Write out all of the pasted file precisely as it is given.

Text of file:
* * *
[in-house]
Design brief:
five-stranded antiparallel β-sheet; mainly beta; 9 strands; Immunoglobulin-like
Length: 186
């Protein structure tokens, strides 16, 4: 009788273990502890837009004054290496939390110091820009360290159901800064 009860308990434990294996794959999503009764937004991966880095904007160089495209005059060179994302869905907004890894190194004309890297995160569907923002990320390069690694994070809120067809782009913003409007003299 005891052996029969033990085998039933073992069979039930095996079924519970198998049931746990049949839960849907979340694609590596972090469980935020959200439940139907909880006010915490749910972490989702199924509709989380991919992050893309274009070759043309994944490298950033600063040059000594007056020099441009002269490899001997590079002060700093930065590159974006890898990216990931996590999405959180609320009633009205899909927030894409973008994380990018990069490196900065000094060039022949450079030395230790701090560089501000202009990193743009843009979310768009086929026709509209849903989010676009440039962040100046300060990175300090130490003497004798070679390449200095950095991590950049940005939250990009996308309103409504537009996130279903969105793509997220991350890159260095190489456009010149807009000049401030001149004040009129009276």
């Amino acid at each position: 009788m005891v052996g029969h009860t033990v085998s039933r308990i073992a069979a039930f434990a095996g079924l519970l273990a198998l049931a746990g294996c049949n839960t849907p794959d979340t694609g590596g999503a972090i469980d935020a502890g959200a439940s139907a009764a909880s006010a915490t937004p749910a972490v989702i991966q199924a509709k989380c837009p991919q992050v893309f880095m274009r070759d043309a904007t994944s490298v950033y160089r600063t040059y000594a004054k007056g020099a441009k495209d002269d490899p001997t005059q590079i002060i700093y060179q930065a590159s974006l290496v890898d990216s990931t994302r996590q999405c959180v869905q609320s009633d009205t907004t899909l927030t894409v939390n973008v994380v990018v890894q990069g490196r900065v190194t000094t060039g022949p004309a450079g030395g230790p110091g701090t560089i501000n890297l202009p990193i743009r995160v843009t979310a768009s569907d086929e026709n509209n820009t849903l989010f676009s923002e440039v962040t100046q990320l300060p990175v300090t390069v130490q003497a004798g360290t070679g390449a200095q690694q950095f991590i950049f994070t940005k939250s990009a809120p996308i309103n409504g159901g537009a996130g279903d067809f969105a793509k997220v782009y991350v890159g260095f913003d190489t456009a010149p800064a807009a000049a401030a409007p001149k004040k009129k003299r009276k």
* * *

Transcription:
[in-house]
Design brief:
five-stranded antiparallel β-sheet; mainly beta; 9 strands; Immunoglobulin-like
Length: 186
């Protein structure tokens, strides 16, 4: 009788273990502890837009004054290496939390110091820009360290159901800064 009860308990434990294996794959999503009764937004991966880095904007160089495209005059060179994302869905907004890894190194004309890297995160569907923002990320390069690694994070809120067809782009913003409007003299 005891052996029969033990085998039933073992069979039930095996079924519970198998049931746990049949839960849907979340694609590596972090469980935020959200439940139907909880006010915490749910972490989702199924509709989380991919992050893309274009070759043309994944490298950033600063040059000594007056020099441009002269490899001997590079002060700093930065590159974006890898990216990931996590999405959180609320009633009205899909927030894409973008994380990018990069490196900065000094060039022949450079030395230790701090560089501000202009990193743009843009979310768009086929026709509209849903989010676009440039962040100046300060990175300090130490003497004798070679390449200095950095991590950049940005939250990009996308309103409504537009996130279903969105793509997220991350890159260095190489456009010149807009000049401030001149004040009129009276």
């Amino acid at each position: 009788m005891v052996g029969h009860t033990v085998s039933r308990i073992a069979a039930f434990a095996g079924l519970l273990a198998l049931a746990g294996c049949n839960t849907p794959d979340t694609g590596g999503a972090i469980d935020a502890g959200a439940s139907a009764a909880s006010a915490t937004p749910a972490v989702i991966q199924a509709k989380c837009p991919q992050v893309f880095m274009r070759d043309a904007t994944s490298v950033y160089r600063t040059y000594a004054k007056g020099a441009k495209d002269d490899p001997t005059q590079i002060i700093y060179q930065a590159s974006l290496v890898d990216s990931t994302r996590q999405c959180v869905q609320s009633d009205t907004t899909l927030t894409v939390n973008v994380v990018v890894q990069g490196r900065v190194t000094t060039g022949p004309a450079g030395g230790p110091g701090t560089i501000n890297l202009p990193i743009r995160v843009t979310a768009s569907d086929e026709n509209n820009t849903l989010f676009s923002e440039v962040t100046q990320l300060p990175v300090t390069v130490q003497a004798g360290t070679g390449a200095q690694q950095f991590i950049f994070t940005k939250s990009a809120p996308i309103n409504g159901g537009a996130g279903d067809f969105a793509k997220v782009y991350v890159g260095f913003d190489t456009a010149p800064a807009a000049a401030a409007p001149k004040k009129k003299r009276k």